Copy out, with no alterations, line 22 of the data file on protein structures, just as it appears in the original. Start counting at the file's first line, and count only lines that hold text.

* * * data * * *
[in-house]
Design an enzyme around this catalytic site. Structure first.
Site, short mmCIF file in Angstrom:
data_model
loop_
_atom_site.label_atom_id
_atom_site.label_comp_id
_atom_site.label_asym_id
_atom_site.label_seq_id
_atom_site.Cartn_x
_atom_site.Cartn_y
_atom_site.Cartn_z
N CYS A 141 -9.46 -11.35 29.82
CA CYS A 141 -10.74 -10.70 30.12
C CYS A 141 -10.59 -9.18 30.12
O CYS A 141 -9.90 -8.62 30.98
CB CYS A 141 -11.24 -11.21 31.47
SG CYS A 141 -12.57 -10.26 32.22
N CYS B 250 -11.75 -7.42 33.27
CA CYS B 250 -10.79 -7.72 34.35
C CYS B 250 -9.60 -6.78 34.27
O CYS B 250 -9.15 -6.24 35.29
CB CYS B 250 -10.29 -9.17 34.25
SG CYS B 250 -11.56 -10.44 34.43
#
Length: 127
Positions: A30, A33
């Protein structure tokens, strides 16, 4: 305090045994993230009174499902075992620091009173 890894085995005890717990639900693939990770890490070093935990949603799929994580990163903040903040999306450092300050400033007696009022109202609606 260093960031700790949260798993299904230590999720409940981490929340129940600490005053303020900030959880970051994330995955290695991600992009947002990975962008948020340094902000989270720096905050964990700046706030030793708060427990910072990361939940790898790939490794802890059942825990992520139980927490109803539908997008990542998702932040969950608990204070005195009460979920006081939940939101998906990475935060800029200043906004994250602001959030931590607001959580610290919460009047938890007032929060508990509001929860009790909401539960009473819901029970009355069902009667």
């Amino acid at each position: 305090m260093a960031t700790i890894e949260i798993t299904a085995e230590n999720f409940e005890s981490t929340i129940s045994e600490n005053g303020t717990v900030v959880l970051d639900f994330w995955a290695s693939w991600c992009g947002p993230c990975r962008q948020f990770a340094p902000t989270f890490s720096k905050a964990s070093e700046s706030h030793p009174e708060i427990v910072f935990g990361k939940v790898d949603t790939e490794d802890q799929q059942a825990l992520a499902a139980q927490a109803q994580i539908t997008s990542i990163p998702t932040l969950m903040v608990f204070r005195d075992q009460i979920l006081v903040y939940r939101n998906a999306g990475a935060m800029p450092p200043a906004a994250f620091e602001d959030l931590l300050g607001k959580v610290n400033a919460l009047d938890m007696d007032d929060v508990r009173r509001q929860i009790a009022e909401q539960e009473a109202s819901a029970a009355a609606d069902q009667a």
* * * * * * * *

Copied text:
O CYS B 250 -9.15 -6.24 35.29